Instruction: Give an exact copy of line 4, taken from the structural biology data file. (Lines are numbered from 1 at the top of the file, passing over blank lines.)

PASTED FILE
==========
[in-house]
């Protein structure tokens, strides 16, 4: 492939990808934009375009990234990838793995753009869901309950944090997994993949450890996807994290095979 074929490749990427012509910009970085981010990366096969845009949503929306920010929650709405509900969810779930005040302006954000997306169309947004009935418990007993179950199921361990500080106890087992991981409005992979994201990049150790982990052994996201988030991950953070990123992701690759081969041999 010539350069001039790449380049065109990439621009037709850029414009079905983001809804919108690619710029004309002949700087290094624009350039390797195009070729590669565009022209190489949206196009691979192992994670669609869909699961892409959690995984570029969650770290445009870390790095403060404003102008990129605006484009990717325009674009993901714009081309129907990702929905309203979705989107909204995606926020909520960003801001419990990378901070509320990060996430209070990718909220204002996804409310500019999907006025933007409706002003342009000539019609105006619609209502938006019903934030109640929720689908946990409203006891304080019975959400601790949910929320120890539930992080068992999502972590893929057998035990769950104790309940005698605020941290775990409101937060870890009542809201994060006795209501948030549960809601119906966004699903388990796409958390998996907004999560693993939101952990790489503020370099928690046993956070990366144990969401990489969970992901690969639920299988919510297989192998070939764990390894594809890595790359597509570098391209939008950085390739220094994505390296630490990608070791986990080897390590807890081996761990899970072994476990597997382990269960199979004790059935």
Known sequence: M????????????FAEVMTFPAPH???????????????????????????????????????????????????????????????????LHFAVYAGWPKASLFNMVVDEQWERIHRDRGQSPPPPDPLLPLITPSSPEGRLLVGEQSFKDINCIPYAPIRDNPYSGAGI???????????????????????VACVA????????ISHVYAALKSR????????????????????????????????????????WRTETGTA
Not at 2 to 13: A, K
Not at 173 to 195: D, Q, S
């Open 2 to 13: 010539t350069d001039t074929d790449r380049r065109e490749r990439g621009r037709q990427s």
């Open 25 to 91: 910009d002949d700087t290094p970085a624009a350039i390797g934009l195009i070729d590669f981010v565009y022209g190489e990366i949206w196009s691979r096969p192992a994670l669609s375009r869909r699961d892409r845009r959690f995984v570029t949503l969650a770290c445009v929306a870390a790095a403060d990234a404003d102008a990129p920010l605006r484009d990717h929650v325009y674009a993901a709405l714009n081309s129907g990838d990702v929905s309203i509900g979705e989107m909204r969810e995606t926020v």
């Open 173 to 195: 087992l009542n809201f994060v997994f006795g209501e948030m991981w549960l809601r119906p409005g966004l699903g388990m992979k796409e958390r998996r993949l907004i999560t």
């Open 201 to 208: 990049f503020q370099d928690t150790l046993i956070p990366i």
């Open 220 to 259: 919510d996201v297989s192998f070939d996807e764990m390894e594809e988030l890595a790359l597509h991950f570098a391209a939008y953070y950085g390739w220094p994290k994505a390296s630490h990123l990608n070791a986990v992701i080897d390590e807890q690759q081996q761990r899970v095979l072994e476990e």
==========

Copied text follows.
Not at 2 to 13: A, K